Ben Cherington confirms Daniel Bard is going to be a starter … at least in February
|12.11.11 at 12:51 pm ET|
It seemed like an innocent statement that had a kind of ‘cart before the horse’ vibe to it.
Bobby Valentine, while speaking at the ‘Christmas at Fenway’ event Saturday, had this to say about the role of Daniel Bard:
“Daniel [said], as we would hope he would say, ‘Hey, whatever’s best for the team. I’m going to go into spring training saying, Whatever’s best for the team.’ But he’s going to get innings as a starter would in spring training. He’s going to be penciled in to be one of those guys who works going from his bullpen to pitching two innings to pitching four innings to pitching six innings. Whenever we get to that plateau, with the pitching coach I’ll hopefully have by my side soon, and all the members of the staff and front office. We’ll have to make a determination after that 18-20 inning mark as to where he will be during the season. I told him to prepare to be a starter and if that, in fact, does not happen to be ready and willing to be our closer.”
It was previously believed that such a decision would wait until the Red Sox uncovered whom might be available on either the closer or starting pitching market. But evidently the team has decided to jump-start the process, prioritizing the importance of Bard preparing himself heading into February.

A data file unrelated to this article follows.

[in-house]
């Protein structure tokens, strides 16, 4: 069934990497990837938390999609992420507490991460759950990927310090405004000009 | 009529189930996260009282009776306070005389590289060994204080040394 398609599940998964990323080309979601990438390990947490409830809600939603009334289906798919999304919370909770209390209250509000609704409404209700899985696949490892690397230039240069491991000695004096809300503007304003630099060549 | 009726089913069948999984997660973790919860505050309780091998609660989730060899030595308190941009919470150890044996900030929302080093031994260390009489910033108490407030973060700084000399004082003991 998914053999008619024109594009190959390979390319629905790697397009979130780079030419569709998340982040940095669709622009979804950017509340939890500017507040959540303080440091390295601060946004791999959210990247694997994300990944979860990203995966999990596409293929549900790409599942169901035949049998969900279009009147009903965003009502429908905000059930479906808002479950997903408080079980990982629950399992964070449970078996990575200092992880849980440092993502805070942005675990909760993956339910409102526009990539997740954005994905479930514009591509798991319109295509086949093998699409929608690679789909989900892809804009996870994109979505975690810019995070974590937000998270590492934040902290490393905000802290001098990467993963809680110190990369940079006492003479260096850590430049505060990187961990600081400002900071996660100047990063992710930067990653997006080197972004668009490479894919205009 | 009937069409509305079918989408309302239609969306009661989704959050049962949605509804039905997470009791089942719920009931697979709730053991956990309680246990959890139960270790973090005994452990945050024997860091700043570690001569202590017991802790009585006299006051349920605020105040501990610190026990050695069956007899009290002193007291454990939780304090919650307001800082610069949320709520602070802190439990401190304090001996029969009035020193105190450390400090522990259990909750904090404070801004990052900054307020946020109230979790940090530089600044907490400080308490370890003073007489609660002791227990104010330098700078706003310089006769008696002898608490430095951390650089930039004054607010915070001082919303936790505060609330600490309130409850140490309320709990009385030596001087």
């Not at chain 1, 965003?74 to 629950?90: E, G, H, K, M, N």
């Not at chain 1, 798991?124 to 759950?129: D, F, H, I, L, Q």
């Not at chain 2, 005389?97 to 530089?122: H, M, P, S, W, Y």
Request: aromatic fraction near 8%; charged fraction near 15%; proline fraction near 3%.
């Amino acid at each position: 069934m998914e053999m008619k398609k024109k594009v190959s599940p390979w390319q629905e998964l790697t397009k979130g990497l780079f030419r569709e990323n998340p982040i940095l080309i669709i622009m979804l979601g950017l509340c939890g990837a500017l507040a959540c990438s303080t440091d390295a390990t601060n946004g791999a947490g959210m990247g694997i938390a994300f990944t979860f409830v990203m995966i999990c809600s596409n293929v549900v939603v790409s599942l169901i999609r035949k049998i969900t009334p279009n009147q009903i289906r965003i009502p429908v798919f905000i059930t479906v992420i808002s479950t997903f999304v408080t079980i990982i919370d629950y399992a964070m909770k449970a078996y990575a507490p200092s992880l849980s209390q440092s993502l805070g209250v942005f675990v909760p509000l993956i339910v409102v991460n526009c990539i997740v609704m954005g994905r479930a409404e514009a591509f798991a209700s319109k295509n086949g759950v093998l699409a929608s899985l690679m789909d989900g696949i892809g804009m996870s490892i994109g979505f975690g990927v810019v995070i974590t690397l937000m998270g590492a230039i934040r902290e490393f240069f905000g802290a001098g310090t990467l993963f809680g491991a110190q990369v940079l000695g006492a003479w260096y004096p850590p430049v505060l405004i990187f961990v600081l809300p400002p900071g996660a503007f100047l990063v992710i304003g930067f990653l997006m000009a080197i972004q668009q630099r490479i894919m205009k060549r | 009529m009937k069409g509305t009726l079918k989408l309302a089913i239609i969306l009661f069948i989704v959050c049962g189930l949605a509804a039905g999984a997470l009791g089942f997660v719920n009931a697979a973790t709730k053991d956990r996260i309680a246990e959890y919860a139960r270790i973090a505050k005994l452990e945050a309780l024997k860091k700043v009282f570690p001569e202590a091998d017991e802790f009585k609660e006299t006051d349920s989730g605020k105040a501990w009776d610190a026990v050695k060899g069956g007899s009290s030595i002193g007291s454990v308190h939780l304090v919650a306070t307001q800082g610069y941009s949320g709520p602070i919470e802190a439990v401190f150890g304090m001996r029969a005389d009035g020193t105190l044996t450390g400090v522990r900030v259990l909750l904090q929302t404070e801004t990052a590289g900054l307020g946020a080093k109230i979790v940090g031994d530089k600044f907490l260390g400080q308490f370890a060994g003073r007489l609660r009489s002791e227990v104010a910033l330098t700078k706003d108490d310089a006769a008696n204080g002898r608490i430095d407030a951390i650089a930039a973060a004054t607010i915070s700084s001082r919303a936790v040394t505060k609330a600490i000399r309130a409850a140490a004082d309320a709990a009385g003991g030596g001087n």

In an email to WEEI.com, Red Sox general manager Ben Cherington confirmed that Bard would, indeed, be entering spring training as a starter.
“He’ll come to camp as a starter,” Cherington wrote. “Daniel knows we’ll do everything we can to help him succeed in that role and ultimately hes ready to do whatever it takes to win games.”
Jonathan Papelbon, of course, came to camp as a starter in 2007 before being seamlessly switched to closer in March.
Bard told WEEI.com during spring training prior to the 2011 season regarding starting:
“I kind of would like to try it. It’s something I would like to do. It would kind of challenge myself. You’ve never proven yourself, but I know I can do the reliever thing for myself, just as a personal challenge, [starting] would be cool.”
It is a transformation Texas GM Jon Daniels is intimately familiar with, having made the move with C.J. Wilson, Alexi Ogando, and, for the coming season, Neftali Feliz. Daniels notes that perhaps the most important part of the process is the player’s acceptance of the differences facing him.
“The biggest single factor to C.J.’s success in the transition last year, in my opinion, was his desire to do it,” wrote Daniels in an e-mail. “That led to everything else — the extra work in the weight room, asking questions of Nolan [Ryan], [pitching coach] Mike [Maddux] and others, studying his craft. Bottom line is he wanted it.”
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